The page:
JAB: Well, it was a moment for them. They will tell you that for them it was easy, because nothing happened to them. They felt very privileged, and that’s one of the ideas of the film, which I like, talking about privilege as a painful thing. Looking at the light lantern sequence, for example, something that really happened on the set was that their lantern went to another direction, and the kids say “It’s going another direction,” and I thought “Wow, this is the idea of what’s going to happen to them.” The idea of talking of survival not as a victory, but also as a lot of suffering. That, again, tells you with the last moment of Naomi, crying and this is one of the things that I really liked about the real story.

Capone: Alright, well thank you so much. I will see you tonight.

JAB: Okay, great.

-- Steve Prokopy
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Readers Talkback
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  • Dec. 18, 2012, 10:02 a.m. CST


    by TheMachinist

  • Dec. 18, 2012, 10:05 a.m. CST


    by rusty

    great interview!

  • Dec. 18, 2012, 10:07 a.m. CST

    Ewan on Jimmy Fallon last night

    by rusty

    He talked about how intense the shoot was. The director had them stand in the same spots as the family when the tsunami hit. Second.

  • Dec. 18, 2012, 10:30 a.m. CST

    Saw it on 26/12/04. No wish to revisit it.

    by MotherPussBucket

    Strangely though, my daughter was born nine months to the day after the tsunami here in Phuket. That's my silver lining to that horrible cloud.

  • From what I've seen of the trailer this movie looks like it might be pretty good.

  • Dec. 18, 2012, 10:57 a.m. CST

    Finally, someone focuses on the real tragedy of the Tsunami...

    by MateoMcD

    No, not the thousands of brown people who died, the white family who were separated for... like... a long time!

  • is why I quit volunteering in that sector.

  • Dec. 18, 2012, 11:30 a.m. CST

    This is the most offensive movie I've ever heard of

    by BeMoreFunny

    Of course I haven't seen it and won't, but every time I see the preview I am just shocked at how absurd the premise for this movie is. A disaster in a foreign country is all well and good...until it affects a wealthy white family on vacation! And then it's a terrible tragedy that we can all relate to! So preposterously offensive and creatively barren. I can't wait until this movie bombs.

  • Dec. 18, 2012, 12:24 p.m. CST

    The Subplot with Ricky Gervais

    by Fart Vader

    As a wise, gay atheist oppressed by unreal ghosts, really ties the movie together. This is sure to win a Darwin Reeligion-Free Cinema award at Skepticon this year.

  • Dec. 18, 2012, 1:05 p.m. CST

    Well done

    by Brian

    I'll be checking this out.

  • Dec. 18, 2012, 1:31 p.m. CST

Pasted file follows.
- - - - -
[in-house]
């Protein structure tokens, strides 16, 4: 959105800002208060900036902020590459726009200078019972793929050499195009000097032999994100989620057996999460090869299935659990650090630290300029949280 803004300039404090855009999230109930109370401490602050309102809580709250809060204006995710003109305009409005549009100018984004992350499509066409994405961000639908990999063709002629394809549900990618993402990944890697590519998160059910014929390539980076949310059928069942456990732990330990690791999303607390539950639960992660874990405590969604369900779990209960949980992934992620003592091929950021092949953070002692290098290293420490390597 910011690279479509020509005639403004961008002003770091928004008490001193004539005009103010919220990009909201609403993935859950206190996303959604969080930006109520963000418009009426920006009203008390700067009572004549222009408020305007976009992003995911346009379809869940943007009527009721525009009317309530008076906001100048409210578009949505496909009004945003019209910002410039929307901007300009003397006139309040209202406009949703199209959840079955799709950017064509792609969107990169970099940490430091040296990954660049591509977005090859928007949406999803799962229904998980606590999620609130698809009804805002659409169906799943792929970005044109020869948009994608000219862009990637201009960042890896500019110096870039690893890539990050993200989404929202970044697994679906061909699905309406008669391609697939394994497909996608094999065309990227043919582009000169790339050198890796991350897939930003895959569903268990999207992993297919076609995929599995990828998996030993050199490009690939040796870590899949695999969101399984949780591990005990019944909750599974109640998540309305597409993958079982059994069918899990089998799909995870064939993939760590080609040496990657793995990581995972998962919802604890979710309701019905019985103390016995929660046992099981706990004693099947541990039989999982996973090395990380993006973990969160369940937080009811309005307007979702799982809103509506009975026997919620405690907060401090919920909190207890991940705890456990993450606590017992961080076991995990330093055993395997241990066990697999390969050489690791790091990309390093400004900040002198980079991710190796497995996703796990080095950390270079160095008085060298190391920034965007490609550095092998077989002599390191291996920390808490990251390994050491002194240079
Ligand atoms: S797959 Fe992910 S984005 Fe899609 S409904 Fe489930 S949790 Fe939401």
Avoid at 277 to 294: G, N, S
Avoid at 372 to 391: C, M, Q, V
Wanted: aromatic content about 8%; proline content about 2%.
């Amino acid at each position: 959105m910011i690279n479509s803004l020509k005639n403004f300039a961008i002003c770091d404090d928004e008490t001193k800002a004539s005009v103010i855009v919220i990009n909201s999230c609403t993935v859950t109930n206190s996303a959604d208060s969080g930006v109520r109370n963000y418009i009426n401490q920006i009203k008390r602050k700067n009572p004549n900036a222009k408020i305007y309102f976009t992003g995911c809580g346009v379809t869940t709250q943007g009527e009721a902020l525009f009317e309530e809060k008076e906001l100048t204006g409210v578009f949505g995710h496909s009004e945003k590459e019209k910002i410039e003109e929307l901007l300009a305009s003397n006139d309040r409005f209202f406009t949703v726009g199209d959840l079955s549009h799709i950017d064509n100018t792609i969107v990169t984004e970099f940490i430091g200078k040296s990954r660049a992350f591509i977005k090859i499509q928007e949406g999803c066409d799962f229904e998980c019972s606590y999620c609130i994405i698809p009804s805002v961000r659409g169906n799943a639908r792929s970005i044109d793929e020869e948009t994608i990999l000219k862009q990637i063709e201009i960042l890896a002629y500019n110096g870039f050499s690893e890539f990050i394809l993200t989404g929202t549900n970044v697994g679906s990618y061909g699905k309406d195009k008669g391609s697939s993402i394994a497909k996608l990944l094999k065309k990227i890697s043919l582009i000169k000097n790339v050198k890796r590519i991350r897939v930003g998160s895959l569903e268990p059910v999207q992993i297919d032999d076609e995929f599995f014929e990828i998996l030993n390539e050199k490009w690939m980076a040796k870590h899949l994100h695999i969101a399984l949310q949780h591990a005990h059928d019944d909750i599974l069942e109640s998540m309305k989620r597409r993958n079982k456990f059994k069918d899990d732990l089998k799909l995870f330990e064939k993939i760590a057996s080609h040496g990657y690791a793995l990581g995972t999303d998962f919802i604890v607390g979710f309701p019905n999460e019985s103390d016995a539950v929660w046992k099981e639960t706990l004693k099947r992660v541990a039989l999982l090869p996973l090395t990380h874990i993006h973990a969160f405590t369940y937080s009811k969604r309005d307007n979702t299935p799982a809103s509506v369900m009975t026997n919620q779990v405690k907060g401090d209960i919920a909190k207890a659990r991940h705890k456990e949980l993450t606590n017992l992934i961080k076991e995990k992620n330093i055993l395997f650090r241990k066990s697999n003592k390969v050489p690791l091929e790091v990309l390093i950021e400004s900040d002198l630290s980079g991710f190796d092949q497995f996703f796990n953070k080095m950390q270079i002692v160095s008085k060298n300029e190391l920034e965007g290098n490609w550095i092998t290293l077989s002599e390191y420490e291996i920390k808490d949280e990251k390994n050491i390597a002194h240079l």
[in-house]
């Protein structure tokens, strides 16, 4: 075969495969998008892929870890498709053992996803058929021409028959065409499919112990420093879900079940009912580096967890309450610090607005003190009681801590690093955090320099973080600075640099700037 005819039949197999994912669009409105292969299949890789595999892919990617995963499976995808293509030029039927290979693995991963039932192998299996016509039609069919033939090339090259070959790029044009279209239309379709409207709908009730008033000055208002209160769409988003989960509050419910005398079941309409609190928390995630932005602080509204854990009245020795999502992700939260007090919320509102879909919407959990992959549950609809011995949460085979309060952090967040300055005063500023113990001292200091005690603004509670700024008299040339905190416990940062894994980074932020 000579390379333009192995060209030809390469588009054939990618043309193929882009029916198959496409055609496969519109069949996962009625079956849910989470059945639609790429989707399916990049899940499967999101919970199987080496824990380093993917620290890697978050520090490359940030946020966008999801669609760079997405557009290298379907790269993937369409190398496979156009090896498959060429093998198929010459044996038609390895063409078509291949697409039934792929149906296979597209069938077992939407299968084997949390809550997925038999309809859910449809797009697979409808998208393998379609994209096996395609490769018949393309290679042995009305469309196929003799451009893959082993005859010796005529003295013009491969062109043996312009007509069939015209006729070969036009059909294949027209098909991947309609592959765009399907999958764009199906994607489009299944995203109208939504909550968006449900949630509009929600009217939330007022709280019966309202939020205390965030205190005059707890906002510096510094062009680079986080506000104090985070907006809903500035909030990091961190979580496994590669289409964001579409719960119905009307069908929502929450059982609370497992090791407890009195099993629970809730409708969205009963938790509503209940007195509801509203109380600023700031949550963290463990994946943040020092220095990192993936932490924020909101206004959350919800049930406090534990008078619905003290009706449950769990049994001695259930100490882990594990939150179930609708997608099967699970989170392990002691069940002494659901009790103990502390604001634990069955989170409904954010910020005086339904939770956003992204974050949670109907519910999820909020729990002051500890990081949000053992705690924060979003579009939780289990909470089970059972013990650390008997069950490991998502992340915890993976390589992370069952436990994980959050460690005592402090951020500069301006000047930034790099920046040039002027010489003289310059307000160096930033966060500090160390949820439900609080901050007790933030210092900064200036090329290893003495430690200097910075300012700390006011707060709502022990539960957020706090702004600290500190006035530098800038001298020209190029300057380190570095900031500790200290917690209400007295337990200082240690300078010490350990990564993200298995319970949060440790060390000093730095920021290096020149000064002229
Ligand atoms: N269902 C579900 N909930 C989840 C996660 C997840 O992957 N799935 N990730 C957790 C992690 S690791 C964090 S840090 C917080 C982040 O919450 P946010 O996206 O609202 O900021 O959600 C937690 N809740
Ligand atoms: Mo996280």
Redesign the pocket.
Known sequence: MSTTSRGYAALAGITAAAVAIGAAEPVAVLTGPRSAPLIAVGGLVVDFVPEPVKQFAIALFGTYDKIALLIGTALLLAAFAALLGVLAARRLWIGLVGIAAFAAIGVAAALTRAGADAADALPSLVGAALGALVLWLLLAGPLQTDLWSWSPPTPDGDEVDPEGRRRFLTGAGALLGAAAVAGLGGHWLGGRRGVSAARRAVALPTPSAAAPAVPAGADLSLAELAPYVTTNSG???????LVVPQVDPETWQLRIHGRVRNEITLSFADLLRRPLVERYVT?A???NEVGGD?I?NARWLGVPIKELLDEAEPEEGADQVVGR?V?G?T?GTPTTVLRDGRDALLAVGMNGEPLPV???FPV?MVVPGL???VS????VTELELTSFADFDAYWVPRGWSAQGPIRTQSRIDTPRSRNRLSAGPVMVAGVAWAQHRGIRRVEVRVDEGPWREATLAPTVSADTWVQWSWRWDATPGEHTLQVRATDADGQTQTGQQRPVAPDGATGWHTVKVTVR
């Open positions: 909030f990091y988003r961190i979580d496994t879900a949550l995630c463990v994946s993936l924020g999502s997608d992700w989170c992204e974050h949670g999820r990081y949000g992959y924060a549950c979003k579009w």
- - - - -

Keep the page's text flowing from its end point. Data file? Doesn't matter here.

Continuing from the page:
Although this piques my interest, I'd rather see Hobbit.

    by Fart Vader

    As per Harry's suggestion.

  • Dec. 18, 2012, 1:32 p.m. CST

    RE: Offensive Racismness

    by Humie Bubbie

    I saw this at TIFF by mistake. It's a well done film, but there are only two Thai people who are ever part of the plot- an old man who drags Naomi Watts to safety in the roughest manner possible, and an incompetent hospital staffer. While all the white people are these incredibly emotional and loving family people, the Thai people come across as stoics who are just used to tragedy and are quietly enduring the hell their land just went through. Maybe that's just the perspective/baggage of a half-white, half-not guy. It's not really a racist film, it's just Hollywood ignorance. It was a Spanish family that went through this in real life, but we get a lily-white Brit couple instead of a Penelope Cruz/Javier Bardem led family.

  • Dec. 18, 2012, 3:15 p.m. CST

    As over 200,000 brown people die all around them...

    by theskypatrol

    ...five white people rise above the tide in a fight for survival!

  • Dec. 18, 2012, 4:54 p.m. CST


    by Nasty In The Pasty


  • Dec. 18, 2012, 6:35 p.m. CST


    by peter_dickinson

    Capone, why are you defending this ridiculously offensive film? You want to interview these people? Fine, but to apologize for their efforts in the beginning of this writeup is pathetic. Is that what it takes in order to do your job?

  • Dec. 19, 2012, 4:26 a.m. CST

    a movie starring brown people wont get financing

    by Hugh Gustavus

    unfortunately for a movie about the tsunami to be made it needs to star known actors who can help put together enough money to pull off the scale of the disaster. thats just the way it is, at least they are making about it, its been eight years

  • Dec. 19, 2012, 3:38 p.m. CST

    Brown people or white brunettes, apparently

    by MateoMcD

    Sure, there are some blonde Spaniards, but they don't usually look like McGregor or Watts...